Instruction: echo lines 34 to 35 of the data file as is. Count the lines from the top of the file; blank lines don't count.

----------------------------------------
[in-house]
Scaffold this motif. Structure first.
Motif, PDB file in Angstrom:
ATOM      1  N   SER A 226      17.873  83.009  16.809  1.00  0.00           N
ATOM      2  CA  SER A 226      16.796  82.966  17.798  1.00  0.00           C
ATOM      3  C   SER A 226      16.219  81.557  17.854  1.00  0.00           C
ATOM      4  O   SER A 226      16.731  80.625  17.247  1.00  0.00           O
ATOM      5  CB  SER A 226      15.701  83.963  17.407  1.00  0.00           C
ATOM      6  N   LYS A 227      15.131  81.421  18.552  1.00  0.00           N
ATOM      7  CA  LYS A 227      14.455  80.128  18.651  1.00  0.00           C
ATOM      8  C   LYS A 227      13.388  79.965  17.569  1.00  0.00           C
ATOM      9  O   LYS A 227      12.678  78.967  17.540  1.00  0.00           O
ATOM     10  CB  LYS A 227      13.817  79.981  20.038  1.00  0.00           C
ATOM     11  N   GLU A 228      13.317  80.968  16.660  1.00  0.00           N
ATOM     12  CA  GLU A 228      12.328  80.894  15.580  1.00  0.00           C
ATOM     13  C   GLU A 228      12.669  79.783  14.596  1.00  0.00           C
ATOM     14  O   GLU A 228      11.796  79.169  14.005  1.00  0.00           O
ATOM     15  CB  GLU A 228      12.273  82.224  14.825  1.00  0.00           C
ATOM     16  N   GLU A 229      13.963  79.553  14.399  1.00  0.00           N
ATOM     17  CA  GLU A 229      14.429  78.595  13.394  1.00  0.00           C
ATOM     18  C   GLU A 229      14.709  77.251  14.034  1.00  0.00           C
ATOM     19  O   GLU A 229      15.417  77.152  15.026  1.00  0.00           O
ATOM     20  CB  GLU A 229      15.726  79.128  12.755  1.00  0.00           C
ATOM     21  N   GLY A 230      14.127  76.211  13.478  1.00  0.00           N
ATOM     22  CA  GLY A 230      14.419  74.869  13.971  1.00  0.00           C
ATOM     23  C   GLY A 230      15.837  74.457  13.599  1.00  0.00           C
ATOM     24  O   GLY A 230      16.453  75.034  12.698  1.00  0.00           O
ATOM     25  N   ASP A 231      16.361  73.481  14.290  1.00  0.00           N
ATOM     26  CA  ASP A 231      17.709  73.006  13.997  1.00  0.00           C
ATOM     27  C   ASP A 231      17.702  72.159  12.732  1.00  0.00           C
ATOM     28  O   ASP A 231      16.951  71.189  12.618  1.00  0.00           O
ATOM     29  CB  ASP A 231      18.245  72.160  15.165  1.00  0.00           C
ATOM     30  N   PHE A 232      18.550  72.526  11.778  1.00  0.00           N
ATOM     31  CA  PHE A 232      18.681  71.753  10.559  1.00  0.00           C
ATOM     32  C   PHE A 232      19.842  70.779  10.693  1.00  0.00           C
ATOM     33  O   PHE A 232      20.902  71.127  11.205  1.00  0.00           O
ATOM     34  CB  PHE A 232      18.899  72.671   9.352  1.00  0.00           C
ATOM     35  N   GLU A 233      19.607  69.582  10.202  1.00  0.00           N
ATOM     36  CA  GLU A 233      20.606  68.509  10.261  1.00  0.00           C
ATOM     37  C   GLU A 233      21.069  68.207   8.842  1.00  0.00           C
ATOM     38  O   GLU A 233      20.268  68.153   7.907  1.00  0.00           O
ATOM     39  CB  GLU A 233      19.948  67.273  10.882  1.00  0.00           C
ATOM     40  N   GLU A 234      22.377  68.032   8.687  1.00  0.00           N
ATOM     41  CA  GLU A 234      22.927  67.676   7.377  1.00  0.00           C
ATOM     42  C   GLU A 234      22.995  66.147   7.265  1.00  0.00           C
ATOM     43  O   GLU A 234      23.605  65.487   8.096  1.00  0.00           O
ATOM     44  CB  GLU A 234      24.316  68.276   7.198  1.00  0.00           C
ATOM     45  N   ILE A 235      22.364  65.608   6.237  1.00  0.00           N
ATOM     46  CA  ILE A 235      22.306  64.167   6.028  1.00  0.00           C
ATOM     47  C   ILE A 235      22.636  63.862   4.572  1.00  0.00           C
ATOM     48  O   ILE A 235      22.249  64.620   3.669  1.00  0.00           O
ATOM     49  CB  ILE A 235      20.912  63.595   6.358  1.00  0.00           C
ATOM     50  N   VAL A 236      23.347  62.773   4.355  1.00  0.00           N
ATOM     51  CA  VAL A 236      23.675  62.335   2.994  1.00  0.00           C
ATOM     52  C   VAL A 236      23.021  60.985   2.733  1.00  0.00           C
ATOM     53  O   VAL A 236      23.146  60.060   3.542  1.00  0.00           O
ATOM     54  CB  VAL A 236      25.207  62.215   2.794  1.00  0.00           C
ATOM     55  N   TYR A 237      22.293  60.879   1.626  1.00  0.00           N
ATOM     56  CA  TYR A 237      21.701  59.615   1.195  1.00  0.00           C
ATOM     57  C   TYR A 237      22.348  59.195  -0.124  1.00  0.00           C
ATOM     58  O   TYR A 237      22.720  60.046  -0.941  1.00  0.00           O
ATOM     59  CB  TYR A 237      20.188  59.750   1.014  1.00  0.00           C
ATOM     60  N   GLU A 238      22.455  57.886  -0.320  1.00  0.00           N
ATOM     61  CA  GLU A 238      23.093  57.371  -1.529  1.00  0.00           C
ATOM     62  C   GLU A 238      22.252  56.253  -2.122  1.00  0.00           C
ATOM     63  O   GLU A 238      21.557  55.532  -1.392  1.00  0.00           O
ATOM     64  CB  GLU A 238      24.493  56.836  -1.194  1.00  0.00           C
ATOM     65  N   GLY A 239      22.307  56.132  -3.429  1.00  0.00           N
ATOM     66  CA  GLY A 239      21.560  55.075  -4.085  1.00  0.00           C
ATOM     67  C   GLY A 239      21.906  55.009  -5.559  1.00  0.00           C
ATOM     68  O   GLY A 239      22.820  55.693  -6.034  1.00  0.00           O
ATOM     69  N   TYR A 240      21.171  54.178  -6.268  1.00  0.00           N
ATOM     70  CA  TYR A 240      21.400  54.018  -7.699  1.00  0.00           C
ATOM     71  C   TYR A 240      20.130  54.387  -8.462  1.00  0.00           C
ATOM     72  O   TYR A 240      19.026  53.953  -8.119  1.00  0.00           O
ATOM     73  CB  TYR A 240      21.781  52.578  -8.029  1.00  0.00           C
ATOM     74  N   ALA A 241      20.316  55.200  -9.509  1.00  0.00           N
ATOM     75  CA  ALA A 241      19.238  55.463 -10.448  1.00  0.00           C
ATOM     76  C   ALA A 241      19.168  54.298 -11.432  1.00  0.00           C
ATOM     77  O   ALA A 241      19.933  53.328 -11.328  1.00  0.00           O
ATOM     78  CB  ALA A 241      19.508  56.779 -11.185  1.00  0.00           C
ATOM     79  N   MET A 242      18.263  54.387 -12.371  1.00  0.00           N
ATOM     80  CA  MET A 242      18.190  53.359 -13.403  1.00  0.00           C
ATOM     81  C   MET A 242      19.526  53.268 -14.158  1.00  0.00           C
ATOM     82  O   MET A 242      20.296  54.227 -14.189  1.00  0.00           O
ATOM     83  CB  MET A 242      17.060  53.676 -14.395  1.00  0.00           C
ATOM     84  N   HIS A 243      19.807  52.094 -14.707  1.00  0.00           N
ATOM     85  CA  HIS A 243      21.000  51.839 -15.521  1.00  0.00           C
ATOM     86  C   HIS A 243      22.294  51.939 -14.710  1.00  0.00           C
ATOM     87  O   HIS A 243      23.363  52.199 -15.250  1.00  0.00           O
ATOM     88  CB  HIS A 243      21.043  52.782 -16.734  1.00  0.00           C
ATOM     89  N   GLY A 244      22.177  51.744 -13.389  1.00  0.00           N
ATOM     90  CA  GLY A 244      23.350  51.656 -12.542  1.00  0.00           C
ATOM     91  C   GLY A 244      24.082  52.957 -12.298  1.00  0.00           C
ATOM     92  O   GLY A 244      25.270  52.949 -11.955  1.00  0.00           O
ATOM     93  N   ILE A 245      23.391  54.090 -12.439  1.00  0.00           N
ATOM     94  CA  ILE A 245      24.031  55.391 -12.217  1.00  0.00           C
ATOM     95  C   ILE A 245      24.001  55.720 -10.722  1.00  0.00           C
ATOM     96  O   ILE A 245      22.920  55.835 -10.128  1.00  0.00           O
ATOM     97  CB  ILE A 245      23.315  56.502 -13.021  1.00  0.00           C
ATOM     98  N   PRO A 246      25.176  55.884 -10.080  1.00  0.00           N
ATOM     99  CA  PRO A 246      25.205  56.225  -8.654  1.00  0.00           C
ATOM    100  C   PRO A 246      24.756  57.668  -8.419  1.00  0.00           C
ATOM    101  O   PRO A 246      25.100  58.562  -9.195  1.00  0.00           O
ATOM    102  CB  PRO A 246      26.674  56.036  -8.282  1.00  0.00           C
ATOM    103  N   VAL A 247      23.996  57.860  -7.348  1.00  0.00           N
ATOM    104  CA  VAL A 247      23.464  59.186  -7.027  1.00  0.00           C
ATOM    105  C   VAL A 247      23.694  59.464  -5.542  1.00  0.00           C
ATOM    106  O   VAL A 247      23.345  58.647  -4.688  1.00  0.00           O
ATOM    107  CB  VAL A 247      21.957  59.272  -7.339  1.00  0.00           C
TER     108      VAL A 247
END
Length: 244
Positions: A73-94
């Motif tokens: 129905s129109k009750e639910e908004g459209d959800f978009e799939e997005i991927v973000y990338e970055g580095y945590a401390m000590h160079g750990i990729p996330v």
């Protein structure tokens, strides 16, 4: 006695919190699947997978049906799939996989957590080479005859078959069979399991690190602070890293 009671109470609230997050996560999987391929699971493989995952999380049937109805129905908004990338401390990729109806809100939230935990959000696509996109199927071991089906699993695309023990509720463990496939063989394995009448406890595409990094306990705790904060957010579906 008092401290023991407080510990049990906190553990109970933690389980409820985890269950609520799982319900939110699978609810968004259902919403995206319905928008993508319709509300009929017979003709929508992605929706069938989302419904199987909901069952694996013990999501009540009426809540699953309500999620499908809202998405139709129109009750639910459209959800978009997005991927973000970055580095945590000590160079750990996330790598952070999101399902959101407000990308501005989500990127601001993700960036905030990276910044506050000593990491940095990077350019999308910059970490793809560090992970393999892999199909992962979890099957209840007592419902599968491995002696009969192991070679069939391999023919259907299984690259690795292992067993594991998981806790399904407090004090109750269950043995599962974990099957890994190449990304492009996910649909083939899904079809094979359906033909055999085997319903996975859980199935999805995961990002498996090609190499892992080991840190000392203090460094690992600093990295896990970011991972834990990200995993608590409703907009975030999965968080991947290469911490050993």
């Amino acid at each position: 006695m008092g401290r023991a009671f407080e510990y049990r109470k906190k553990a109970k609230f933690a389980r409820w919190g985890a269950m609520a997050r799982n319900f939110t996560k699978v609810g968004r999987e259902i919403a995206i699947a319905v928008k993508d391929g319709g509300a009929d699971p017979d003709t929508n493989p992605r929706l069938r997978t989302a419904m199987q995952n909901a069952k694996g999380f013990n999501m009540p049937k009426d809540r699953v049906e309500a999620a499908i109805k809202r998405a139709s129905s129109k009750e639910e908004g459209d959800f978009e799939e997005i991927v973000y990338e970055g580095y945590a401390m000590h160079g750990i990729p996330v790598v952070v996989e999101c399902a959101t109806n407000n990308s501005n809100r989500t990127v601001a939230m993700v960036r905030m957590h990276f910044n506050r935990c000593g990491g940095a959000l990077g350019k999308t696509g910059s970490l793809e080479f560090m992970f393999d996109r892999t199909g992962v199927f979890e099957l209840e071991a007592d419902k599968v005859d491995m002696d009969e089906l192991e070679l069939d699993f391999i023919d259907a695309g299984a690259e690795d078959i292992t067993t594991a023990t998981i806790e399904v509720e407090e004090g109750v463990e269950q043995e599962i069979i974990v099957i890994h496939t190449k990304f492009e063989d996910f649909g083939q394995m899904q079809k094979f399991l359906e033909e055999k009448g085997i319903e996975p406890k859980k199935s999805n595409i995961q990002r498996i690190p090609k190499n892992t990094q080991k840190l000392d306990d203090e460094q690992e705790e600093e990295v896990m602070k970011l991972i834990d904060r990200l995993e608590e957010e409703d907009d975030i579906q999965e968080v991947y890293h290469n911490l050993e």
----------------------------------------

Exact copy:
ATOM     31  CA  PHE A 232      18.681  71.753  10.559  1.00  0.00           C
ATOM     32  C   PHE A 232      19.842  70.779  10.693  1.00  0.00           C